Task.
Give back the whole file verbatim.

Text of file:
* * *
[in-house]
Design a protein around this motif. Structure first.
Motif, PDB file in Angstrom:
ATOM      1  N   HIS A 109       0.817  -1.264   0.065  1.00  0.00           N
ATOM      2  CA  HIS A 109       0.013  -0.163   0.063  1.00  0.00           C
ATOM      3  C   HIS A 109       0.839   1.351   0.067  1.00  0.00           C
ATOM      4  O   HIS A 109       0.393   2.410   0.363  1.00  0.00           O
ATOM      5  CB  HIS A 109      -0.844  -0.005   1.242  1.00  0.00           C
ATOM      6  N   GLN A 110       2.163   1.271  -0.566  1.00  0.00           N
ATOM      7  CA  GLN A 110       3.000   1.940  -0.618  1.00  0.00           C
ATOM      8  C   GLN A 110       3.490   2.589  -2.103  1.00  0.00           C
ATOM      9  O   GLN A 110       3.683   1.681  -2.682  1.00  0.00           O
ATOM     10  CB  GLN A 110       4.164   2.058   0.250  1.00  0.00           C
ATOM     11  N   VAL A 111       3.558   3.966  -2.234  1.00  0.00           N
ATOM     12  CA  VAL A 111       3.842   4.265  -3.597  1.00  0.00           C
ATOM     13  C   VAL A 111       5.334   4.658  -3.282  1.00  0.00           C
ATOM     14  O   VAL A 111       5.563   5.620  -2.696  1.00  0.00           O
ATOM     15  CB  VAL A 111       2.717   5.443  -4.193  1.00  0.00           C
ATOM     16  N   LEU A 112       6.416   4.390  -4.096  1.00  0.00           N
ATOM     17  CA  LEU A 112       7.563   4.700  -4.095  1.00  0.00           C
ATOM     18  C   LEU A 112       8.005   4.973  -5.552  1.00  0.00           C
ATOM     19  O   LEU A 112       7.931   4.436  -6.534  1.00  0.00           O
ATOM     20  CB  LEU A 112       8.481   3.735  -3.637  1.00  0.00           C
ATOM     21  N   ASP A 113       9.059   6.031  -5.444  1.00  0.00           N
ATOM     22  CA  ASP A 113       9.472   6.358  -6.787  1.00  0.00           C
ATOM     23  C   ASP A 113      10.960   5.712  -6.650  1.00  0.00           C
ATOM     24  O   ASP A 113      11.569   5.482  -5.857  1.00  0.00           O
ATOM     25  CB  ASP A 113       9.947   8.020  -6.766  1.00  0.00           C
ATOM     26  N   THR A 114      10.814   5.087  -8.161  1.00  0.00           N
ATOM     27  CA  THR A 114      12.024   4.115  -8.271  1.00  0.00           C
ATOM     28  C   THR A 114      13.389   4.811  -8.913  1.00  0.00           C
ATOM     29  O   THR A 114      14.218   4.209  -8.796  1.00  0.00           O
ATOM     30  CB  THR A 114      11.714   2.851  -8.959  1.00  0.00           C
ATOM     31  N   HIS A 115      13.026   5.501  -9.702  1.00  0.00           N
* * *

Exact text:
[in-house]
Design a protein around this motif. Structure first.
Motif, PDB file in Angstrom:
ATOM      1  N   HIS A 109       0.817  -1.264   0.065  1.00  0.00           N
ATOM      2  CA  HIS A 109       0.013  -0.163   0.063  1.00  0.00           C
ATOM      3  C   HIS A 109       0.839   1.351   0.067  1.00  0.00           C
ATOM      4  O   HIS A 109       0.393   2.410   0.363  1.00  0.00           O
ATOM      5  CB  HIS A 109      -0.844  -0.005   1.242  1.00  0.00           C
ATOM      6  N   GLN A 110       2.163   1.271  -0.566  1.00  0.00           N
ATOM      7  CA  GLN A 110       3.000   1.940  -0.618  1.00  0.00           C
ATOM      8  C   GLN A 110       3.490   2.589  -2.103  1.00  0.00           C
ATOM      9  O   GLN A 110       3.683   1.681  -2.682  1.00  0.00           O
ATOM     10  CB  GLN A 110       4.164   2.058   0.250  1.00  0.00           C
ATOM     11  N   VAL A 111       3.558   3.966  -2.234  1.00  0.00           N
ATOM     12  CA  VAL A 111       3.842   4.265  -3.597  1.00  0.00           C
ATOM     13  C   VAL A 111       5.334   4.658  -3.282  1.00  0.00           C
ATOM     14  O   VAL A 111       5.563   5.620  -2.696  1.00  0.00           O
ATOM     15  CB  VAL A 111       2.717   5.443  -4.193  1.00  0.00           C
ATOM     16  N   LEU A 112       6.416   4.390  -4.096  1.00  0.00           N
ATOM     17  CA  LEU A 112       7.563   4.700  -4.095  1.00  0.00           C
ATOM     18  C   LEU A 112       8.005   4.973  -5.552  1.00  0.00           C
ATOM     19  O   LEU A 112       7.931   4.436  -6.534  1.00  0.00           O
ATOM     20  CB  LEU A 112       8.481   3.735  -3.637  1.00  0.00           C
ATOM     21  N   ASP A 113       9.059   6.031  -5.444  1.00  0.00           N
ATOM     22  CA  ASP A 113       9.472   6.358  -6.787  1.00  0.00           C
ATOM     23  C   ASP A 113      10.960   5.712  -6.650  1.00  0.00           C
ATOM     24  O   ASP A 113      11.569   5.482  -5.857  1.00  0.00           O
ATOM     25  CB  ASP A 113       9.947   8.020  -6.766  1.00  0.00           C
ATOM     26  N   THR A 114      10.814   5.087  -8.161  1.00  0.00           N
ATOM     27  CA  THR A 114      12.024   4.115  -8.271  1.00  0.00           C
ATOM     28  C   THR A 114      13.389   4.811  -8.913  1.00  0.00           C
ATOM     29  O   THR A 114      14.218   4.209  -8.796  1.00  0.00           O
ATOM     30  CB  THR A 114      11.714   2.851  -8.959  1.00  0.00           C
ATOM     31  N   HIS A 115      13.026   5.501  -9.702  1.00  0.00           N